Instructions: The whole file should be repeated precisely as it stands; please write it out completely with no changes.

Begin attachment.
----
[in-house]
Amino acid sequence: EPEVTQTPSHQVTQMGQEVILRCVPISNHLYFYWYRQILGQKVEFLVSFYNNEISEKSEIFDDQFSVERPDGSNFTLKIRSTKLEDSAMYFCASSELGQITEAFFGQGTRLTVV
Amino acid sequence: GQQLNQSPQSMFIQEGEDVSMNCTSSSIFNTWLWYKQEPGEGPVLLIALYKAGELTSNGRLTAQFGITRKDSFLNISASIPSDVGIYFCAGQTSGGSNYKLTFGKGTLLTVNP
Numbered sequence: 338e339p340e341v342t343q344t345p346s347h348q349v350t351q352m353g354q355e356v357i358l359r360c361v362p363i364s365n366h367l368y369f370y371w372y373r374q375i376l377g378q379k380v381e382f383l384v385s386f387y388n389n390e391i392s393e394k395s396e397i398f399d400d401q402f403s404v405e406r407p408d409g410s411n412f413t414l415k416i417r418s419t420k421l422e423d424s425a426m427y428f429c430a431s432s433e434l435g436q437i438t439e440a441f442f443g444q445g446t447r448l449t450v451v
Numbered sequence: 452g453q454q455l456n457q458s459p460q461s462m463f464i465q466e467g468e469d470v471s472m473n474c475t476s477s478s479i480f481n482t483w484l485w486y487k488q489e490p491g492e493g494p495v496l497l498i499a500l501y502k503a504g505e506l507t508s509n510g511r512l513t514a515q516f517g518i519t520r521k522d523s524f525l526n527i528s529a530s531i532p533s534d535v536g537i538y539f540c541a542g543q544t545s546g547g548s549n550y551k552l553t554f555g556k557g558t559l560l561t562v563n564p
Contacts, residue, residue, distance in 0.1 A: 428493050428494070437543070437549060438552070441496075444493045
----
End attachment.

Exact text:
[in-house]
Amino acid sequence: EPEVTQTPSHQVTQMGQEVILRCVPISNHLYFYWYRQILGQKVEFLVSFYNNEISEKSEIFDDQFSVERPDGSNFTLKIRSTKLEDSAMYFCASSELGQITEAFFGQGTRLTVV
Amino acid sequence: GQQLNQSPQSMFIQEGEDVSMNCTSSSIFNTWLWYKQEPGEGPVLLIALYKAGELTSNGRLTAQFGITRKDSFLNISASIPSDVGIYFCAGQTSGGSNYKLTFGKGTLLTVNP
Numbered sequence: 338e339p340e341v342t343q344t345p346s347h348q349v350t351q352m353g354q355e356v357i358l359r360c361v362p363i364s365n366h367l368y369f370y371w372y373r374q375i376l377g378q379k380v381e382f383l384v385s386f387y388n389n390e391i392s393e394k395s396e397i398f399d400d401q402f403s404v405e406r407p408d409g410s411n412f413t414l415k416i417r418s419t420k421l422e423d424s425a426m427y428f429c430a431s432s433e434l435g436q437i438t439e440a441f442f443g444q445g446t447r448l449t450v451v
Numbered sequence: 452g453q454q455l456n457q458s459p460q461s462m463f464i465q466e467g468e469d470v471s472m473n474c475t476s477s478s479i480f481n482t483w484l485w486y487k488q489e490p491g492e493g494p495v496l497l498i499a500l501y502k503a504g505e506l507t508s509n510g511r512l513t514a515q516f517g518i519t520r521k522d523s524f525l526n527i528s529a530s531i532p533s534d535v536g537i538y539f540c541a542g543q544t545s546g547g548s549n550y551k552l553t554f555g556k557g558t559l560l561t562v563n564p
Contacts, residue, residue, distance in 0.1 A: 428493050428494070437543070437549060438552070441496075444493045